Nia Ali
Personal information
Full nameNia Ali
Born (1988-10-23) October 23, 1988 (age 34)
Philadelphia, Pennsylvania, U.S.
Height5 ft 7 in (170 cm)
Weight143 lb (65 kg)
CountryUnited States
SportTrack and field
Event(s)100 metres hurdles
College teamUSC Trojans
Turned pro2011
Coached byJohn Coghlan
Achievements and titles
Olympic finals2016
Personal best(s)100 metres hurdles: 12.34
Medal record
Women's track and field
Representing  United States
Olympic Games
Silver medal – second place 2016 Rio de Janeiro 100 m hurdles
World Championships
Gold medal – first place 2019 Doha 100 m hurdles
World Indoor Championships
Gold medal – first place 2014 Sopot 60 m hurdles
Gold medal – first place 2016 Portland 60 m hurdles
World University Games
Gold medal – first place 2011 Shenzhen 100 m hurdles

Nia Ali (born October 23, 1988) is an American track and field athlete, who specializes in the 100 m hurdles, heptathlon, and other events.

She is the 2016 Olympic Silver Medalist in the 100-meter hurdles, the 2019 World champion in the 100-meter hurdles, and twice in a row world indoor champion (2014 Sopot and 2016 Portland) in 60 meters hurdles.

Early life

Raised in the Germantown section of Philadelphia, Ali moved to Pleasantville, New Jersey for her senior year and graduated from Pleasantville High School in 2006.[1]



In college, Ali was the 2011 NCAA leader and NCAA champion for the USC Trojans in the 100 m hurdles in a time of (2.1w) 12.63.[2] Ali formerly competed for the Tennessee Volunteers (then the Lady Volunteers) where she was Southeastern Conference champion in the heptathlon and at USC she was an All-American in the heptathlon.[3]


Nia Ali with her son after winning the 2016 World Indoor Championships

Ali was selected to represent the U.S. in Shenzhen, China for the World University Games where she won the Gold Medal in a time of 12.85.

At the 2013 USA Outdoor Track and Field Championships Ali took third in the 100 m hurdles to qualify for the 2013 World Championships in Athletics.[2] At the World Championships, Ali was a semi-finalist in the 100 m hurdles, ultimately finishing 10th.[4]

At the 2014 USA Outdoor Track and Field Championships Ali took eighth in the 100 m hurdles.[5]

She won the 60 meters hurdles at the 2013 USA Indoor Track and Field Championships in Albuquerque, New Mexico in a personal best of 7.93 and repeated the year later with a new personal best of 7.80,[6] which also qualified her for the 2014 World Indoor Championships where she took the gold medal running 7.80 a second time.

In 2015, Nia took a year off to give birth to her son with hurdler Michael Tinsley.[7]

She returned to the 2016 World Indoor Championships to successfully defend her gold medal. After winning, she carried her son on the victory lap.

Ali placed third in the 100 hurdles in a time of 12.55 at the 2016 United States Olympic Trials behind Team USA teammates Brianna Rollins, Kristi Castlin to qualify to represent the United States at the 2016 Summer Olympics in Brazil.[8] Later that year she won the silver medal at the Olympics. The United States was the first country to win gold, silver, and bronze in the women's 100 hurdles in one Olympics in 2016; this was also the first time American women achieved such a sweep in any Olympic track and field event.[9]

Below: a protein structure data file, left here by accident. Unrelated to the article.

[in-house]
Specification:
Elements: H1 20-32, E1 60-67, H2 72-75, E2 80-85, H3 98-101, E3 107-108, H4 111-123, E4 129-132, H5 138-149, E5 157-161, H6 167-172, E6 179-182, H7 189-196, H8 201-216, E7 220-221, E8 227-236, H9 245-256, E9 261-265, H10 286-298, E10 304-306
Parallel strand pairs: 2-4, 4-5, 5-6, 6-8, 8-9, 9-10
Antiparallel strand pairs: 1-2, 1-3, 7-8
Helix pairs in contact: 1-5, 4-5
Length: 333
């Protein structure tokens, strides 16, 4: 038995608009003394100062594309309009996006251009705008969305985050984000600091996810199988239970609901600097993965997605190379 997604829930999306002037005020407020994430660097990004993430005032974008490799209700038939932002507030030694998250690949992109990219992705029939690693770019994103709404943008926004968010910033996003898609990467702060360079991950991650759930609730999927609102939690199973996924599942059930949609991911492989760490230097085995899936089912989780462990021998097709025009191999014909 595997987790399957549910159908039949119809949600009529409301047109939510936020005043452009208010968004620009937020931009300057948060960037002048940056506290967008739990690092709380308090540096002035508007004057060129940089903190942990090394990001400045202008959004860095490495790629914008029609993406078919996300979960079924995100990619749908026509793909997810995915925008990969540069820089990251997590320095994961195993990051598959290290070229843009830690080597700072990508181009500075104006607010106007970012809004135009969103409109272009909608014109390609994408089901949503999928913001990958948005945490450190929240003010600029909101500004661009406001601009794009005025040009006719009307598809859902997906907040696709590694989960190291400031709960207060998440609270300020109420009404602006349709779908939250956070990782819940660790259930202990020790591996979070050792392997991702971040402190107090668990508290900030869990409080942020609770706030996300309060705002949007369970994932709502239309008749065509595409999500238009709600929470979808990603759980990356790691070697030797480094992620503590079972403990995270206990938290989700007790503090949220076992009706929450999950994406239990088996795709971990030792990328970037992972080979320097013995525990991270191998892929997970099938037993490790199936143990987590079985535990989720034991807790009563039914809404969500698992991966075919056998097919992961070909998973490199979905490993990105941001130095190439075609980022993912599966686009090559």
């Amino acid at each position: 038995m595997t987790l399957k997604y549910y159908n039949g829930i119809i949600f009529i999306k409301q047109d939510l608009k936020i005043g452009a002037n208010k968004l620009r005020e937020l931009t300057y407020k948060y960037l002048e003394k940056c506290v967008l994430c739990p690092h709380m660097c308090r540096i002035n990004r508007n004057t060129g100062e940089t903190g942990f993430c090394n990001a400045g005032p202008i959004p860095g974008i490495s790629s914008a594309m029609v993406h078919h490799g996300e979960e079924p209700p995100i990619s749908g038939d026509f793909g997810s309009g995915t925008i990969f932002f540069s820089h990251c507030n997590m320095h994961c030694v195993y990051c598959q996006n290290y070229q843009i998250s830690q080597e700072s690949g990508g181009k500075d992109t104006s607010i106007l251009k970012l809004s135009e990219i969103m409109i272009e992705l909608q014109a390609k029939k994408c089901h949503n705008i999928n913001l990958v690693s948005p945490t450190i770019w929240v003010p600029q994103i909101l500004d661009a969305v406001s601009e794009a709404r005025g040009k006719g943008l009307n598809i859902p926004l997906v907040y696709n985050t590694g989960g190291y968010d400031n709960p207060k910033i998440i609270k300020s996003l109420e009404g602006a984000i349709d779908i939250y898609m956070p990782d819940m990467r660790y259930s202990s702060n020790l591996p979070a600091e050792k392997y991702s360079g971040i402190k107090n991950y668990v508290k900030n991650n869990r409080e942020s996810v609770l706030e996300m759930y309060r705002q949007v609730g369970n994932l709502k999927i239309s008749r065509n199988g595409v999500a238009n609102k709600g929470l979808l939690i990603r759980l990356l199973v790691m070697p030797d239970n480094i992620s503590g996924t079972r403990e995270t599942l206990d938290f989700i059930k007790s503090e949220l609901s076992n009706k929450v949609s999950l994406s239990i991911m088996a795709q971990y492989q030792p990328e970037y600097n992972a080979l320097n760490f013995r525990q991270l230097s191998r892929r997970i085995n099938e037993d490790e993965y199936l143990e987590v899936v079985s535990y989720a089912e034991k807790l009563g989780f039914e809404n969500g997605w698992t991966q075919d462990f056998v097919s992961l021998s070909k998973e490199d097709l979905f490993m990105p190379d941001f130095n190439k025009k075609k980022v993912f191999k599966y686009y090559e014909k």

In 2019, Nia won the gold-medal for 100m hurdles at the IAAF world championships (DOHA, Qatar) with a personal-best time of 12.34.[10] The time ties her with Sharika Nelvis as the #9 performer of all time.

Personal life

Nia has a son, Titus Maximus, with American Olympian Michael Tinsley,[11][12] an American track and field athlete specializing in the 400 metres hurdles.[13] In June 2018, she had a daughter with her partner, Canadian Olympic sprinter Andre De Grasse,[13] and a second child in May 2021.[14]


  1. ^ McGarry, Michael. "Pleasantville grad Nia Ali overcame adversity to make Olympic team", The Press of Atlantic City, July 30, 2016. Retrieved October 15, 2019. "The 2006 Pleasantville High School graduate will compete in the 100-meter hurdles when the Olympics begin in Rio de Janeiro on Friday.... Ali moved to Pleasantville for her senior year of high school."
  2. ^ a b Boal, Eric (June 22, 2013). "TRACK AND FIELD: USC graduate Nia Ali clears big hurdle, off to World Championships". Los Angeles Daily News. Retrieved October 15, 2019.
  3. ^ "Nia Ali Bio". University of Southern California Official Athletic Site. Retrieved October 15, 2019.
  4. ^ "Brown Wins Bronze at IAAF World Track & Field Championships". August 18, 2013. Retrieved October 15, 2019.
  5. ^ "2014 USA Outdoor Track and Field Championships – Track & Field Women's 100 meters hurdles". USA Track & Field. June 29, 2014. Retrieved October 15, 2019.
  6. ^ USA Indoor Track & Field Champions USA Track & Field. Retrieved October 15, 2019.
  7. ^ "Pleasantville grad Nia Ali has eyes on Olympics and raising newborn". The Press of Atlantic City. April 16, 2016. Retrieved October 15, 2019.
  8. ^ "2016 U.S. Olympic Team Trials – Track & Field Men's steeplechase". July 8, 2016. Retrieved October 15, 2019.
  9. ^ "Rio Olympics 2016: US women sweep medals in 100m hurdles". BBC News. August 18, 2016. Retrieved October 15, 2019.
  10. ^ "Championships Allyson Felix wins record 13th World Athletics Championships gold in Doha". The Guardian. Associated Press. October 6, 2019. Retrieved October 15, 2019.
  11. ^ That Extra Edge Spikes. Retrieved October 15, 2019.
  12. ^ Minutaglio, Rose. "Move Over, Boomer! There's a New Baby in Town: 100-Meter Hurdler Nia Ali's 15-Month-Old Son Titus Steals the Show". Retrieved August 4, 2021.
  13. ^ a b "Andre De Grasse and Nia Ali's baby girl born Saturday". Canadian Running Magazine. June 25, 2018.
  14. ^ "Andre De Grasse will miss World Relays with 2nd baby due next month". CBC News. April 7, 2021. Retrieved August 4, 2021.